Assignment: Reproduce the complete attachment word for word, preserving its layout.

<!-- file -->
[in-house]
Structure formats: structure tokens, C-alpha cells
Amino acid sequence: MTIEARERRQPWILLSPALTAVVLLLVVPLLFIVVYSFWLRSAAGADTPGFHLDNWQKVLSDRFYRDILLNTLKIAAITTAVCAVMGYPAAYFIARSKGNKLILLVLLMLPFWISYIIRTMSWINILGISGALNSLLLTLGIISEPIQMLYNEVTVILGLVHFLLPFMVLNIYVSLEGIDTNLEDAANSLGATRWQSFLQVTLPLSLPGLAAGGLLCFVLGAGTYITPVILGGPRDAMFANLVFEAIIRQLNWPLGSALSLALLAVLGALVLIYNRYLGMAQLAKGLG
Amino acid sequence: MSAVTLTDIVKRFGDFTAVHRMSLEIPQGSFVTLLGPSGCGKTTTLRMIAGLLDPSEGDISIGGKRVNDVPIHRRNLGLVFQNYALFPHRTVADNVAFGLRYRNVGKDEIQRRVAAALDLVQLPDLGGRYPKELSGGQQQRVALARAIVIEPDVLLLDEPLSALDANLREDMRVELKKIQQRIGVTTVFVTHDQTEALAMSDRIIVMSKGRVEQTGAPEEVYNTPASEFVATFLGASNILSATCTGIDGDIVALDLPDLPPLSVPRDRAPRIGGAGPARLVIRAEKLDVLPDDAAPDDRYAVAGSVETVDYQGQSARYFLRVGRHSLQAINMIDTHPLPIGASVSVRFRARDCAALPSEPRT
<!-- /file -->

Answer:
[in-house]
Structure formats: structure tokens, C-alpha cells
Amino acid sequence: MTIEARERRQPWILLSPALTAVVLLLVVPLLFIVVYSFWLRSAAGADTPGFHLDNWQKVLSDRFYRDILLNTLKIAAITTAVCAVMGYPAAYFIARSKGNKLILLVLLMLPFWISYIIRTMSWINILGISGALNSLLLTLGIISEPIQMLYNEVTVILGLVHFLLPFMVLNIYVSLEGIDTNLEDAANSLGATRWQSFLQVTLPLSLPGLAAGGLLCFVLGAGTYITPVILGGPRDAMFANLVFEAIIRQLNWPLGSALSLALLAVLGALVLIYNRYLGMAQLAKGLG
Amino acid sequence: MSAVTLTDIVKRFGDFTAVHRMSLEIPQGSFVTLLGPSGCGKTTTLRMIAGLLDPSEGDISIGGKRVNDVPIHRRNLGLVFQNYALFPHRTVADNVAFGLRYRNVGKDEIQRRVAAALDLVQLPDLGGRYPKELSGGQQQRVALARAIVIEPDVLLLDEPLSALDANLREDMRVELKKIQQRIGVTTVFVTHDQTEALAMSDRIIVMSKGRVEQTGAPEEVYNTPASEFVATFLGASNILSATCTGIDGDIVALDLPDLPPLSVPRDRAPRIGGAGPARLVIRAEKLDVLPDDAAPDDRYAVAGSVETVDYQGQSARYFLRVGRHSLQAINMIDTHPLPIGASVSVRFRARDCAALPSEPRT